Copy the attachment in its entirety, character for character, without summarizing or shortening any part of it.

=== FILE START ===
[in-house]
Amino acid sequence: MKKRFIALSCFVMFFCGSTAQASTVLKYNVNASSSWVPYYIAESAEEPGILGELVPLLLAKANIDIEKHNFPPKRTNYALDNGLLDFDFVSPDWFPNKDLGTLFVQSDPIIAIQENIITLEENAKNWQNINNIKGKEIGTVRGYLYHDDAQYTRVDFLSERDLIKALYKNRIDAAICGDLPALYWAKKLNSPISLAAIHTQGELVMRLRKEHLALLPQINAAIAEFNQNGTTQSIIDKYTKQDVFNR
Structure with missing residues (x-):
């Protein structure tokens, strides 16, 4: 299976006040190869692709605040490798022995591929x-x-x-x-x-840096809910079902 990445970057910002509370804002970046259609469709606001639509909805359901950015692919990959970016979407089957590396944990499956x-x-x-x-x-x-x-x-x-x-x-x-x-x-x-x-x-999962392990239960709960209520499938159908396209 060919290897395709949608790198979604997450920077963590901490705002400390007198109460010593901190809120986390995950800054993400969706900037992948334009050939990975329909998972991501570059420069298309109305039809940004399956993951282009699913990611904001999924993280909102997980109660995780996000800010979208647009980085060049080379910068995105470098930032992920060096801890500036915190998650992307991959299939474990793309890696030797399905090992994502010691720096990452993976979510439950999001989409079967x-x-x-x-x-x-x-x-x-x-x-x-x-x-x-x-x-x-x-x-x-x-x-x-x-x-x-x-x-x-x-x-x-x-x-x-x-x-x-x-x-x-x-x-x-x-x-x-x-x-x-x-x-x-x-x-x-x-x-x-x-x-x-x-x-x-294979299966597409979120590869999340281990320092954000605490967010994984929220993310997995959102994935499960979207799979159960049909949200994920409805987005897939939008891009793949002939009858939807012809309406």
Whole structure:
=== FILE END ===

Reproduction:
[in-house]
Amino acid sequence: MKKRFIALSCFVMFFCGSTAQASTVLKYNVNASSSWVPYYIAESAEEPGILGELVPLLLAKANIDIEKHNFPPKRTNYALDNGLLDFDFVSPDWFPNKDLGTLFVQSDPIIAIQENIITLEENAKNWQNINNIKGKEIGTVRGYLYHDDAQYTRVDFLSERDLIKALYKNRIDAAICGDLPALYWAKKLNSPISLAAIHTQGELVMRLRKEHLALLPQINAAIAEFNQNGTTQSIIDKYTKQDVFNR
Structure with missing residues (x-):
């Protein structure tokens, strides 16, 4: 299976006040190869692709605040490798022995591929x-x-x-x-x-840096809910079902 990445970057910002509370804002970046259609469709606001639509909805359901950015692919990959970016979407089957590396944990499956x-x-x-x-x-x-x-x-x-x-x-x-x-x-x-x-x-999962392990239960709960209520499938159908396209 060919290897395709949608790198979604997450920077963590901490705002400390007198109460010593901190809120986390995950800054993400969706900037992948334009050939990975329909998972991501570059420069298309109305039809940004399956993951282009699913990611904001999924993280909102997980109660995780996000800010979208647009980085060049080379910068995105470098930032992920060096801890500036915190998650992307991959299939474990793309890696030797399905090992994502010691720096990452993976979510439950999001989409079967x-x-x-x-x-x-x-x-x-x-x-x-x-x-x-x-x-x-x-x-x-x-x-x-x-x-x-x-x-x-x-x-x-x-x-x-x-x-x-x-x-x-x-x-x-x-x-x-x-x-x-x-x-x-x-x-x-x-x-x-x-x-x-x-x-x-294979299966597409979120590869999340281990320092954000605490967010994984929220993310997995959102994935499960979207799979159960049909949200994920409805987005897939939008891009793949002939009858939807012809309406």
Whole structure: